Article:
clock menu more-arrow no yes mobile

Filed under:

Why USC will get so much hype heading into 2017

The Trojans have the quarterback, defense, and schedule to be a force all year.

NCAA Football: Rose Bowl Game-Penn State vs Southern California Jayne Kamin-Oncea-USA TODAY Sports

USC lost three of its first four games this season, then won its last nine and capped the year with a Rose Bowl thriller against Penn State. The Trojans finished the year ranked third in the AP Top 25, which is notable for one reason in particular.

Our staff put together a way-early top 25 for next year, and USC was third there, too, right behind Alabama and Ohio State. Personally, I voted USC to be No. 2.

There’s little doubt that USC will be a top-five or six team entering the 2017 season, for whatever little bit preseason rankings are worth. The Trojans have been talented but disappointing in a lot of recent seasons, but this hype will be legitimate.

The biggest reason people will love USC has a name: Sam Darnold

Darnold will be a redshirt sophomore next season, and unlike this year, he’ll be the Trojans’ starting quarterback right from the jump. Darnold began this season behind veteran Max Browne, lost his first start in USC’s fourth game, and didn’t lose again.

Every indication we’ve gotten so far is that Darnold is an elite college quarterback. His numbers speak for themselves: 67 percent completion rate, 3,086 yards (8.4 per throw), 31 touchdowns to nine interceptions, plus 62 runs for 250 yards and two more scores.

In the Rose Bowl, Darnold’s 473 total yards broke Vince Young’s game record. He pulled USC back from the abyss with two touchdown drives to tie the game in the fourth quarter, then stewarded a short field goal drive after an interception to seal the game.

No redshirt freshman quarterback since Jameis Winston in 2013 has had a better run on a stage comparable to Darnold’s. He’ll be back in LA, and he’ll presumably be even better in his second act.

Darnold’s supporting cast on offense should be strong.

The Trojans will lose some headliners. Star receiver Juju Smith-Schuster and left guard Damien Mama already declared for the NFL draft. Darnold’s offensive tackles, Chad Wheeler and Zach Banner, are both out of eligibility, so the offensive line’s going to be three-fifths new. All-purpose star Adoree’ Jackson could opt to go pro, too, which would mostly hurt the defense but would trickle down all over.

But Darnold will still have a few of his top playmakers: featured running back Ronald Jones II and Rose Bowl receiving star Deontay Burnett should be back. Backup tight end Daniel Imatorbhebhe had four touchdowns as a freshman. Plus, USC’s recruited at a top-10 level for the past few years, so it’s not like the pipeline’s empty. Darnold will still have viable people to let take the ball from him. A five-star running back, Stephen Carr, is the top commit in USC’s slated signing class.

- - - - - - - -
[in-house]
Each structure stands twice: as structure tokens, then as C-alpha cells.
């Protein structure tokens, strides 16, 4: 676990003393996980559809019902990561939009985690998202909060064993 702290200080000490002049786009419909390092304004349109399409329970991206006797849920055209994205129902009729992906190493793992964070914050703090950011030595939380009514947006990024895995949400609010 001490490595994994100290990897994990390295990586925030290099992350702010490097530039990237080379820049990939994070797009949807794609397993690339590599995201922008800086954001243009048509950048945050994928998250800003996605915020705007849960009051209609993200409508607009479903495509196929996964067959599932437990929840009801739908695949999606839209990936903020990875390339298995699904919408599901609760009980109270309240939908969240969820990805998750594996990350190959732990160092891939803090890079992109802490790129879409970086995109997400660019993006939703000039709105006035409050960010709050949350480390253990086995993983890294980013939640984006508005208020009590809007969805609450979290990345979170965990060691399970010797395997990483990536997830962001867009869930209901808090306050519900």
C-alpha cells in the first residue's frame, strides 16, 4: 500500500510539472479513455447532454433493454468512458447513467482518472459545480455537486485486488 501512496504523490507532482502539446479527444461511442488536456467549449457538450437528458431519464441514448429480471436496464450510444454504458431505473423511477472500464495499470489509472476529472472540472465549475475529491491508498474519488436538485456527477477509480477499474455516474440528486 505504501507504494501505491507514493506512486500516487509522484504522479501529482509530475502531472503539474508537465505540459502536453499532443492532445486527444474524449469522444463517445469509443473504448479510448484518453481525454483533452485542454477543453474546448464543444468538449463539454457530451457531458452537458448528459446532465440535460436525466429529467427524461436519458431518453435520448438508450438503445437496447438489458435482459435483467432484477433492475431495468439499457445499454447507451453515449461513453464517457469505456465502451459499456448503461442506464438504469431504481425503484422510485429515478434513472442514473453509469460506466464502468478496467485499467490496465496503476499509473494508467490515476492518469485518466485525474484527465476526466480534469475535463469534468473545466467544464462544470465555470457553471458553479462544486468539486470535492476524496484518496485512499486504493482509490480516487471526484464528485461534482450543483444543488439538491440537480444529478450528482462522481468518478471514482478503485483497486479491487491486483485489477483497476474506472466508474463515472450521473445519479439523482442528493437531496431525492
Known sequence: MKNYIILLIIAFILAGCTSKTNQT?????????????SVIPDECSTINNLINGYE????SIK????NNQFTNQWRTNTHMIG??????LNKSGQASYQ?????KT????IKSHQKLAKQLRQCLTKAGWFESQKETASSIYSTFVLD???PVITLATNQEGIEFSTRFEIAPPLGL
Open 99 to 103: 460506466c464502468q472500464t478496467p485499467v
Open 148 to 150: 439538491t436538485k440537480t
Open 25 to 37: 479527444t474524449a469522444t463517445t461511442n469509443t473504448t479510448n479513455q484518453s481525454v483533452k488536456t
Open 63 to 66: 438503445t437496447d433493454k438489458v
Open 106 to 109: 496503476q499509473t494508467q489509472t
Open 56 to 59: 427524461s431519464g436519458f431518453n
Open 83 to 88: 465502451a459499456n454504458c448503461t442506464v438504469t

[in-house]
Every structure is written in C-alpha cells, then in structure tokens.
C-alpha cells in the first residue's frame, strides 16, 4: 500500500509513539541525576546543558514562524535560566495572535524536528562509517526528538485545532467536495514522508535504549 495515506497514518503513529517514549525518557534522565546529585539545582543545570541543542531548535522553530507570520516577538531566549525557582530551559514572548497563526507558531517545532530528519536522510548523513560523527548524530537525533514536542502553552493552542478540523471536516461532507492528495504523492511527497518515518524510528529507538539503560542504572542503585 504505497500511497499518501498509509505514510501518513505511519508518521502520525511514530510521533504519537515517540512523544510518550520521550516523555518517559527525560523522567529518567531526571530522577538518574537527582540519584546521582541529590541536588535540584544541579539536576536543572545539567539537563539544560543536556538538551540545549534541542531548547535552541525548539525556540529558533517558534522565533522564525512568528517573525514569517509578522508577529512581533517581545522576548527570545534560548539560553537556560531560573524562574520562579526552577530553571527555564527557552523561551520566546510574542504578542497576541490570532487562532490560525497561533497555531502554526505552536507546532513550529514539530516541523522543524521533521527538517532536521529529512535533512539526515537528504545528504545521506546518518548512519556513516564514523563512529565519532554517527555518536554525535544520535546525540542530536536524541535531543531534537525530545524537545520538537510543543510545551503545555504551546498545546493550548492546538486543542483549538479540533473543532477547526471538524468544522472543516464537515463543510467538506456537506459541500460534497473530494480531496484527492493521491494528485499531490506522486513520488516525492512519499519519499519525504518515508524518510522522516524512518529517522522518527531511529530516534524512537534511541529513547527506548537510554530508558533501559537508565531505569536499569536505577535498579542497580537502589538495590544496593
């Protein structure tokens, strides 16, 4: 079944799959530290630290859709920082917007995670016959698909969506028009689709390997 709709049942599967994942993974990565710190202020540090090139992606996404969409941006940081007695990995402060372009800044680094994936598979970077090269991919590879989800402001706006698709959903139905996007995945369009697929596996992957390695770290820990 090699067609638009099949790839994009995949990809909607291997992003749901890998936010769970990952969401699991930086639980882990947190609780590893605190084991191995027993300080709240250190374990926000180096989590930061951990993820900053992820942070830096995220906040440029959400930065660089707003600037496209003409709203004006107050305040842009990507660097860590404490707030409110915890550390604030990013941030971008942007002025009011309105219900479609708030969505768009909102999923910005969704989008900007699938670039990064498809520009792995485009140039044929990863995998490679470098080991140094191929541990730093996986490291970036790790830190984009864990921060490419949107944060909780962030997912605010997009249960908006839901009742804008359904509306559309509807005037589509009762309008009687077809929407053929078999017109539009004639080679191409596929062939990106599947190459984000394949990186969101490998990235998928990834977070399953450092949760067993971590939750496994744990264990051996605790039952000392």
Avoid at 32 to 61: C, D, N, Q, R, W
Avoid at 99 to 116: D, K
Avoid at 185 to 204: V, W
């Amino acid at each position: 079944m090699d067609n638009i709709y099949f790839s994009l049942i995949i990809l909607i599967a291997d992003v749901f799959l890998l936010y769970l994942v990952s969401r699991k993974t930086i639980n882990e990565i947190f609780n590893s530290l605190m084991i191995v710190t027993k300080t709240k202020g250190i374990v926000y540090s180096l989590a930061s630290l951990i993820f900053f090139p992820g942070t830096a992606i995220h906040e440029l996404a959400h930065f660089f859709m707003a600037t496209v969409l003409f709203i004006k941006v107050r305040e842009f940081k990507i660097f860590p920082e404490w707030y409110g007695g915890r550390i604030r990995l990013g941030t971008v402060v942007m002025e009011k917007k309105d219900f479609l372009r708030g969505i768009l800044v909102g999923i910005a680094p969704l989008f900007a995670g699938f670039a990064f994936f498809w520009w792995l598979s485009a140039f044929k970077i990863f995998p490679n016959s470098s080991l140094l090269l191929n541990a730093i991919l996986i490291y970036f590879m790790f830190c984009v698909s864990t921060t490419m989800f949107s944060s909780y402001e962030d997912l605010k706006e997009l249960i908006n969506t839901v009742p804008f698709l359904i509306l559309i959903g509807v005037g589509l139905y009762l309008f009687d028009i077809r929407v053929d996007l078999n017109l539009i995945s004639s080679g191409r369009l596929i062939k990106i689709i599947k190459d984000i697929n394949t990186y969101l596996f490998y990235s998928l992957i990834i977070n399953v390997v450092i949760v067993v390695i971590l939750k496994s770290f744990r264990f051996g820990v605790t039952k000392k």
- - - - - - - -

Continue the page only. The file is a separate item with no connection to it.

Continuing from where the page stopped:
The defense is going to be good, probably without the early hiccups.

USC gave up 29 points per game in September, then 19 in October, and 19 in November. The Trojans rounded solidly into form. (They gave up 49 against Penn State, but that game was bananas and I think it’s OK to forgive it.)

USC’s top three tacklers on defense were all underclassmen. There’s a lot of eligibility left here. Star inside linebacker Cameron Smith was a true sophomore. So were defensive end Porter Gustin and his 13 tackles for loss. The Trojans will miss senior nose tackle Stevie Tu’ikolovatu, but they’ll return much of the talent that surrounded him.

If Jackson turns pro, it’ll hurt USC, but the Trojans could merely respond by bumping up former five-star recruit Iman Marshall to be their No. 1 cornerback. He already sometimes covered opponents’ top receivers anyway.

The Pac-12 South just isn’t that scary a division.

UCLA was putrid this season. Arizona and Arizona State missed bowls, too. Colorado had a dream season and got to 10 wins, but USC’s vastly more talented. Utah was good this year and beat the Trojans dramatically in Salt Lake City, but the Utes needed some fortuitous bounces and a wild last drive. And again, USC’s vastly more talented.

USC’s non-conference schedule next year is potentially tricky, potentially not. The Trojans will play post-P.J. Fleck Western Michigan, Tom Herman’s first Texas team, and a coming-off-4-8 Notre Dame team. All of those could be tough, or none could. The Trojans will be favored against all of them, at any rate. There’s no Alabama there.

Mix all of this together, and 11-1 or so seems like a reasonable prediction.

It’ll be Clay Helton’s second year as the permanent head coach (usually a good one for new head coaches), and he’ll bring in another strong class. He’ll have his stud quarterback playing from the beginning. He’ll have a bunch of good defenders back. He’ll be in a favorable competitive climate — a division with no elite opposition, and a non-league schedule that’s respectable but not terrifying.

It’s still so early, but this all aligns really well for USC. As Alabama learned on Monday, a season can fall short of its promise in stunning, dramatic fashion. That could happen to USC or anyone else next year. But the Trojans will be in the thick of every early Playoff conversation, and they’ll belong there.